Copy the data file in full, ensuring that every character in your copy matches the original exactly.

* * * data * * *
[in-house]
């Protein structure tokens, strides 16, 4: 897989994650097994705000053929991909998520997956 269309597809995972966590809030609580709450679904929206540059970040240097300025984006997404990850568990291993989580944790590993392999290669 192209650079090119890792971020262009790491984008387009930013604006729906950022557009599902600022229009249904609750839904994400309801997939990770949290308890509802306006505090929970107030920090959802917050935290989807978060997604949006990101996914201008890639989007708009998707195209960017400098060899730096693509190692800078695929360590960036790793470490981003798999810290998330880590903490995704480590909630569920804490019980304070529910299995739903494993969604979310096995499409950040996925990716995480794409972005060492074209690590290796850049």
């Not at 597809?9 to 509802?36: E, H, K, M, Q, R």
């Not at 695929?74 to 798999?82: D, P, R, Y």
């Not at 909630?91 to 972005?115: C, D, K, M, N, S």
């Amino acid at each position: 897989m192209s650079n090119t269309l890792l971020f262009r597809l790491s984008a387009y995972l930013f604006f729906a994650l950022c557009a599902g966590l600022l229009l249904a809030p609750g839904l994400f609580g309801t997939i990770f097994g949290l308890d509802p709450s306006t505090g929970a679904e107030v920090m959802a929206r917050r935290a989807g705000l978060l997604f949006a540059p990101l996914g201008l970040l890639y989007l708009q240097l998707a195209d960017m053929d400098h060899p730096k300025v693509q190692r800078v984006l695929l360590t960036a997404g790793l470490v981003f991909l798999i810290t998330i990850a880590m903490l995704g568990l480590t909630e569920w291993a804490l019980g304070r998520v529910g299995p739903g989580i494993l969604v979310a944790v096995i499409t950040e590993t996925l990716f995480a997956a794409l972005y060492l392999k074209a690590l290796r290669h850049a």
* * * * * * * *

[in-house]
């Protein structure tokens, strides 16, 4: 897989994650097994705000053929991909998520997956 269309597809995972966590809030609580709450679904929206540059970040240097300025984006997404990850568990291993989580944790590993392999290669 192209650079090119890792971020262009790491984008387009930013604006729906950022557009599902600022229009249904609750839904994400309801997939990770949290308890509802306006505090929970107030920090959802917050935290989807978060997604949006990101996914201008890639989007708009998707195209960017400098060899730096693509190692800078695929360590960036790793470490981003798999810290998330880590903490995704480590909630569920804490019980304070529910299995739903494993969604979310096995499409950040996925990716995480794409972005060492074209690590290796850049």
């Not at 597809?9 to 509802?36: E, H, K, M, Q, R």
């Not at 695929?74 to 798999?82: D, P, R, Y």
């Not at 909630?91 to 972005?115: C, D, K, M, N, S």
């Amino acid at each position: 897989m192209s650079n090119t269309l890792l971020f262009r597809l790491s984008a387009y995972l930013f604006f729906a994650l950022c557009a599902g966590l600022l229009l249904a809030p609750g839904l994400f609580g309801t997939i990770f097994g949290l308890d509802p709450s306006t505090g929970a679904e107030v920090m959802a929206r917050r935290a989807g705000l978060l997604f949006a540059p990101l996914g201008l970040l890639y989007l708009q240097l998707a195209d960017m053929d400098h060899p730096k300025v693509q190692r800078v984006l695929l360590t960036a997404g790793l470490v981003f991909l798999i810290t998330i990850a880590m903490l995704g568990l480590t909630e569920w291993a804490l019980g304070r998520v529910g299995p739903g989580i494993l969604v979310a944790v096995i499409t950040e590993t996925l990716f995480a997956a794409l972005y060492l392999k074209a690590l290796r290669h850049a």